Printing is one of the most common things we do with our PCs even as we read and work with more online resources. Microsoft has set out to simplify and improve this common operation in Windows 8.
In Windows 8 Microsoft have introduced a new printer driver architecture, which they call version 4, or v4. The v4 architecture produces smaller, faster printer drivers, and it supports the idea of a print class driver framework–a system that allows people to install their printers without having to locate a driver for that device, in many cases.
V4 is the fourth iteration of the printer driver architecture in Windows. V3 was the architecture used from Windows 2000 to Windows 7, and it’s actually still fully supported in Windows 8 for device compatibility reasons. So if you only have an existing driver available for your current printer, then it should still work in Windows 8. Versions 1 and 2 were the driver architectures for Windows 1.0 through Windows ME.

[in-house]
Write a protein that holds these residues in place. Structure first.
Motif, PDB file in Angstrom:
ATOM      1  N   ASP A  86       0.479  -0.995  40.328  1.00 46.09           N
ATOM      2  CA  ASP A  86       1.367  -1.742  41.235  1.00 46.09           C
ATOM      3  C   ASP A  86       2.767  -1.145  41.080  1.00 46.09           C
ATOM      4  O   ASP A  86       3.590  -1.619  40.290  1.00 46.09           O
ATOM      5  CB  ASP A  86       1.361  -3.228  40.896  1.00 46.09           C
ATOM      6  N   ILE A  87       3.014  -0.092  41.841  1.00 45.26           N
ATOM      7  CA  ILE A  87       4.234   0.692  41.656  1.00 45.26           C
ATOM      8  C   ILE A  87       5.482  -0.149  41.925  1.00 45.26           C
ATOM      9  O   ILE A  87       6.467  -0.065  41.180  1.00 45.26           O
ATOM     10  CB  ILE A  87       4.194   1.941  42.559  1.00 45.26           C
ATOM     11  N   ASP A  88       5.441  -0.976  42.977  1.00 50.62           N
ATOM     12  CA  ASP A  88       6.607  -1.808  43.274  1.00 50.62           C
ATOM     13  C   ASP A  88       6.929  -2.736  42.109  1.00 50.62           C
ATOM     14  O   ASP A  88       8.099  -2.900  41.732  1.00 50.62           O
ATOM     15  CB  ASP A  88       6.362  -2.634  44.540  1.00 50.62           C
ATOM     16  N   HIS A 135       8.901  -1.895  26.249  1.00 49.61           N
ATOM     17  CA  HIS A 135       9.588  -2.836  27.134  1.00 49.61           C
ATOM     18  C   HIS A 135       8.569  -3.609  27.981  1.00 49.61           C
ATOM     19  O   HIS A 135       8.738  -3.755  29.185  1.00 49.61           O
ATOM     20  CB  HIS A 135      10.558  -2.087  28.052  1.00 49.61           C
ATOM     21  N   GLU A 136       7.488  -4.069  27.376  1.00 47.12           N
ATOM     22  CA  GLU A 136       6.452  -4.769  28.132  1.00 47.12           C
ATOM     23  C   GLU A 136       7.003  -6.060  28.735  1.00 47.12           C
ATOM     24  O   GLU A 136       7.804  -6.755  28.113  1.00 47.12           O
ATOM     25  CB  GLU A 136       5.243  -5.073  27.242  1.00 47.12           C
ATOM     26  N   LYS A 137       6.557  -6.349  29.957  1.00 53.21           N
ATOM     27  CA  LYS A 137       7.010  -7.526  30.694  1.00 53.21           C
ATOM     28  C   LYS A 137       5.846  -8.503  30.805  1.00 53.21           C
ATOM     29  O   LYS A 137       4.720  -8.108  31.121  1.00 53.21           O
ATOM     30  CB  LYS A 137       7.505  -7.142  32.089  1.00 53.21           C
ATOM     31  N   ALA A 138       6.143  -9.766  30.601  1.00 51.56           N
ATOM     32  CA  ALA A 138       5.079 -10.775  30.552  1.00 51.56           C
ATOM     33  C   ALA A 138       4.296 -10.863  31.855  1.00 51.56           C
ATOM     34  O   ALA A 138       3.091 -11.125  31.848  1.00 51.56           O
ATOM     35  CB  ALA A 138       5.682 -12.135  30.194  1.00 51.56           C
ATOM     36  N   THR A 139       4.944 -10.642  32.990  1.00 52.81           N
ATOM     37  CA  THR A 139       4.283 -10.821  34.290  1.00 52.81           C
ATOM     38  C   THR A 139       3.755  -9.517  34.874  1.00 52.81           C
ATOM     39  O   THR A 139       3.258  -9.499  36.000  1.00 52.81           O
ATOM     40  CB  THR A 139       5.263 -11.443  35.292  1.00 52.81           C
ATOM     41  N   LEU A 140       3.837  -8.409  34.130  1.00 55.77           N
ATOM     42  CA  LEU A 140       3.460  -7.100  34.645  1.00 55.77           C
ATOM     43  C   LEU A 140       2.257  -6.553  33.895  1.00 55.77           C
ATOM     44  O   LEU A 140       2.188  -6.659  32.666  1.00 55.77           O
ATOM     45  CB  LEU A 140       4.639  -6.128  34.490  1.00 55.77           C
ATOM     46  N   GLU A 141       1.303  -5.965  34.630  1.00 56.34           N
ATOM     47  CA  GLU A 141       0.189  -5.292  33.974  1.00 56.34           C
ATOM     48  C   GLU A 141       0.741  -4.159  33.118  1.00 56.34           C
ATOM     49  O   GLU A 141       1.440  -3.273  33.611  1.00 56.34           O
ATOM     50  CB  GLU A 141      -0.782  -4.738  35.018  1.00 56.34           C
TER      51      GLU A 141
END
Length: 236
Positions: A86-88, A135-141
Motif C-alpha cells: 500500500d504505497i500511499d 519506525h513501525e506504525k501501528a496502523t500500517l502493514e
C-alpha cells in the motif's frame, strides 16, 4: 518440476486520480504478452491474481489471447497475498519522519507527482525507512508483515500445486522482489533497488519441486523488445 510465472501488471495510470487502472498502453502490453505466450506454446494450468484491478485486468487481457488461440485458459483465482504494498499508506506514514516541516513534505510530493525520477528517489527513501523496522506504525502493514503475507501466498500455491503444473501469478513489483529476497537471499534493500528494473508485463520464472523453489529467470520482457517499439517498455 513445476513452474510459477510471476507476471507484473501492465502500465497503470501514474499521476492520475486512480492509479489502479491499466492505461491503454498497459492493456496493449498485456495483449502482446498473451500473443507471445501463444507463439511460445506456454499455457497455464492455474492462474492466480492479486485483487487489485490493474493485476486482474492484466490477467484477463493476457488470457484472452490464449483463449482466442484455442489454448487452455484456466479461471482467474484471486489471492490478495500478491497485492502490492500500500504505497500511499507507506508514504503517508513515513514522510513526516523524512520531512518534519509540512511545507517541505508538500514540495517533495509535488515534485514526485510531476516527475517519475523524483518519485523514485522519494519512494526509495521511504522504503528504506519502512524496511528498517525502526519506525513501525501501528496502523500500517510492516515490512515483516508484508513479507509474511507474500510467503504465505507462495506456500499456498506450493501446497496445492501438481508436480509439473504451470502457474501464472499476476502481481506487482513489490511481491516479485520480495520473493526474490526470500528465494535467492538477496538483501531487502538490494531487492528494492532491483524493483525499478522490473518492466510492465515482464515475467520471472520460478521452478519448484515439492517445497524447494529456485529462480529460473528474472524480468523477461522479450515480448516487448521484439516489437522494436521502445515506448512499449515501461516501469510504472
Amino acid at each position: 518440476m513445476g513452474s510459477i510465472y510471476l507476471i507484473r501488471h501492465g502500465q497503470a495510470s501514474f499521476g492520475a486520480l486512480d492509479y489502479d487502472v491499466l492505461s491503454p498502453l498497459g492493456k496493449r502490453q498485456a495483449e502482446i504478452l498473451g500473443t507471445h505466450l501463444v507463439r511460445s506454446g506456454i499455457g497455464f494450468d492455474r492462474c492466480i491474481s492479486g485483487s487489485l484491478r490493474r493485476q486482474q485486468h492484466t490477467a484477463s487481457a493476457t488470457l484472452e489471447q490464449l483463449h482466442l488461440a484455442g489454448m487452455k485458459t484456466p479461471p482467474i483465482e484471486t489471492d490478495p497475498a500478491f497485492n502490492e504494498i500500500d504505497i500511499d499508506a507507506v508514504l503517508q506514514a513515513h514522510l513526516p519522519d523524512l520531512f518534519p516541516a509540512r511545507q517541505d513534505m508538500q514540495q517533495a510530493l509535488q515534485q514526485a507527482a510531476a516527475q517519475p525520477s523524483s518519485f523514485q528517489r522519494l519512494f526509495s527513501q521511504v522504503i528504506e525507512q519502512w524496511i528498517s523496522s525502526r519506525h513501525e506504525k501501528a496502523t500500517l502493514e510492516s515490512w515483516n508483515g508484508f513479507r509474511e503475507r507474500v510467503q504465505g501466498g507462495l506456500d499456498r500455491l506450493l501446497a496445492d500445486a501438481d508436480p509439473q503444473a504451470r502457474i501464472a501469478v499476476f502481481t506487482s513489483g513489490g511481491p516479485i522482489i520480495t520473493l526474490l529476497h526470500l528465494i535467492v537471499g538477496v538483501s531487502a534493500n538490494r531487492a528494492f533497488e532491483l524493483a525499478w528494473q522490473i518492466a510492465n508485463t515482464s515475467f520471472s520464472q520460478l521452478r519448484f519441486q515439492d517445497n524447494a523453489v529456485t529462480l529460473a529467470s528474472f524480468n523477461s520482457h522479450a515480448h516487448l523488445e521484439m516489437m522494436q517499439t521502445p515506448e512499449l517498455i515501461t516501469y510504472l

Microsoft says that in Windows 7 and earlier versions of the operating system, each printer needed a specific driver to work. This means Microsoft that the operating system had to include a huge number of drivers. The above picture shows one of the Microsoft’s printer labs where it tests printer compatibility with new versions and updates for Windows. Instead of including many printer drivers in Windows 8, it will use the printer class driver framework. The framework is extensible, thereby supporting printing to existing devices, and allows manufacturers to include support for new devices. The goal is to make printers of all sorts to work with Windows 8 rather than havinging to install software separately.
Source: Microsoft Team Blog